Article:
How to Drink Like a President

We’re celebrating Repeal Day with six presidential cocktail recipes. Who’s got a 12-gallon punch bowl?

Photo: Courtesy "Mint Juleps with Teddy Roosevelt: The Complete History of Presidential Drinking"

Four score and one year ago, Congress repealed the 18th Amendment: Prohibition. After 13 dry years, intoxicating liquors were once again legal for production, sale, and distribution almost everywhere (10 states lagged, including Mississippi, which held out until 1966). It was never illegal to consume, but access is everything. Celebrations began as soon as the repeal was announced. 

In that spirit, we looked to “Mint Juleps with Teddy Roosevelt: The Complete History of Presidential Drinking,” a new book by Mark Will-Weber, to consider commander-in-chief-level cocktails. Then we consulted 25-year industry veteran Eben Freeman for analysis and recipes.  

“Now, more so than any time in history, it is possible to recreate old cocktails,” says Freeman, head of beverage development for the hospitality group AvroKo, which designs and operates hotspots like New York's Saxon and Parole. “Vermouth doesn’t last, but you can actually buy gin from the era on eBay, or from ‘rescued spirits dealers’ like Edgar Harden's Old Spirits Company, and reconstruct with historical accuracy.”

Historical cocktail enthusiasts are concerned with possible flavor differences—recipes haven't changed much, but ingredients have—but if vintage spirits don’t appeal, the variety of liquors and mixers on the market today is still, in Freeman’s words, “something to celebrate.” So stock up on your favorites, or take his suggestions, and toast your freedom to imbibe.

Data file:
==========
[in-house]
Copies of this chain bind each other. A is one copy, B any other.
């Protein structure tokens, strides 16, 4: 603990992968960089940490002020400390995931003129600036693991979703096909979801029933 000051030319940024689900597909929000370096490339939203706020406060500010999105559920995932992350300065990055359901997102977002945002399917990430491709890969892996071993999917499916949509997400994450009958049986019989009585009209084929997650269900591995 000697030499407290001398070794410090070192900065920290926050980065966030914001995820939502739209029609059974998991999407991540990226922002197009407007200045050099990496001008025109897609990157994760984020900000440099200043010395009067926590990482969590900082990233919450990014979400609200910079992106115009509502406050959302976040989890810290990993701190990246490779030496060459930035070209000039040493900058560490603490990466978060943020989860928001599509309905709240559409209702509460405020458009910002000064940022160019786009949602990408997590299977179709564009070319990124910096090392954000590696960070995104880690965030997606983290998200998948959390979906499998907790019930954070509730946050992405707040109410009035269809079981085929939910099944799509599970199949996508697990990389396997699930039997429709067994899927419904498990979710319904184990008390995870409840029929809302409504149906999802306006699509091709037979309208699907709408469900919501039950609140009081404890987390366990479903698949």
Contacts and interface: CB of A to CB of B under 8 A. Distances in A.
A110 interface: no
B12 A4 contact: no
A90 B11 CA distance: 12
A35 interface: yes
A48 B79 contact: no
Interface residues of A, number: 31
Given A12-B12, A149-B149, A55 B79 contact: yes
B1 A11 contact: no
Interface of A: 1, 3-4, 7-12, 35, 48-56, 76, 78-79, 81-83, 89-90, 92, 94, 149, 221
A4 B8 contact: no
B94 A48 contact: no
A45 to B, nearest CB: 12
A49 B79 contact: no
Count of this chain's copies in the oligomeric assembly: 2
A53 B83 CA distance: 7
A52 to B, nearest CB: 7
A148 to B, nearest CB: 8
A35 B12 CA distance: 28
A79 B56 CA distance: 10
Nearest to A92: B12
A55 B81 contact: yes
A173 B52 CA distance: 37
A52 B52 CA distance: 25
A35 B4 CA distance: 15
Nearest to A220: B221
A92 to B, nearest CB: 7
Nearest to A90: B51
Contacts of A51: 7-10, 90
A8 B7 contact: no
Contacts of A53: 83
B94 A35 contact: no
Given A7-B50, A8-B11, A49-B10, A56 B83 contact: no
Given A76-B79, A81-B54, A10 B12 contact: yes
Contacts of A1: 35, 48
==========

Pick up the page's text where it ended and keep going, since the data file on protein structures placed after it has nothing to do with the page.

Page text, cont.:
Eisenhower: Gin and Tonic

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Dwight D. Eisenhower was President from 1953 - 1961, when cocktails were king. During Prohibition, however, he was less concerned with law abiding, and more concerned with access to gin. So he made his own, bathtub-style. Freeman says it’s easily made, but "most people were distilling booze in very crude terms, with things like juniper mashed in the awful base." Translation: Grain alcohol needs a deft hand to become a quality beverage. Instead of replicating something terrible, here’s Freeman’s suggestion for a simple classic that's having a heyday, thanks to the renaissance of tonic, and the amazing variety of gin on the market.

Gin and Tonic

1 oz gin (St George Spirits Terroir)

3 oz tonic, to start (Fever-Tree Mediterranean)

Pour gin in a highball glass. Add ice. Stir (to chill gin). Top with tonic. Stir gently. Garnish with lime wheel. Top off with tonic throughout drinking.

Truman: Old Fashioned 

Harry S. Truman, in office from 1945-1953, was a bourbon-for-breakfast guy, enjoying an ounce or so after his morning walk. Unsurprisingly, his initial White House pre-dinner Old Fashioned, made to Roosevelt-era specs, was too weak. The first lady vehemently agreed. The revised recipe eliminated all ingredients but booze and bitters, and received compliments from the couple. Freeman opts for more balance, and notes that Angostura bitters are little changed, which means their flavor will be Truman-appropriate. 

Old Fashioned

1 unbleached sugar cube

club soda

Angostura bitters

2 oz bourbon or rye whiskey (Larceny)

Put sugar cube and a dash of club soda in an Old Fashioned glass. Crush the sugar with a muddler. Add bitters. Add bourbon. Stir. Add ice. Add twist of orange, lemon, or drop of vinegar for a touch of acidity. 

JFK: Daiquiri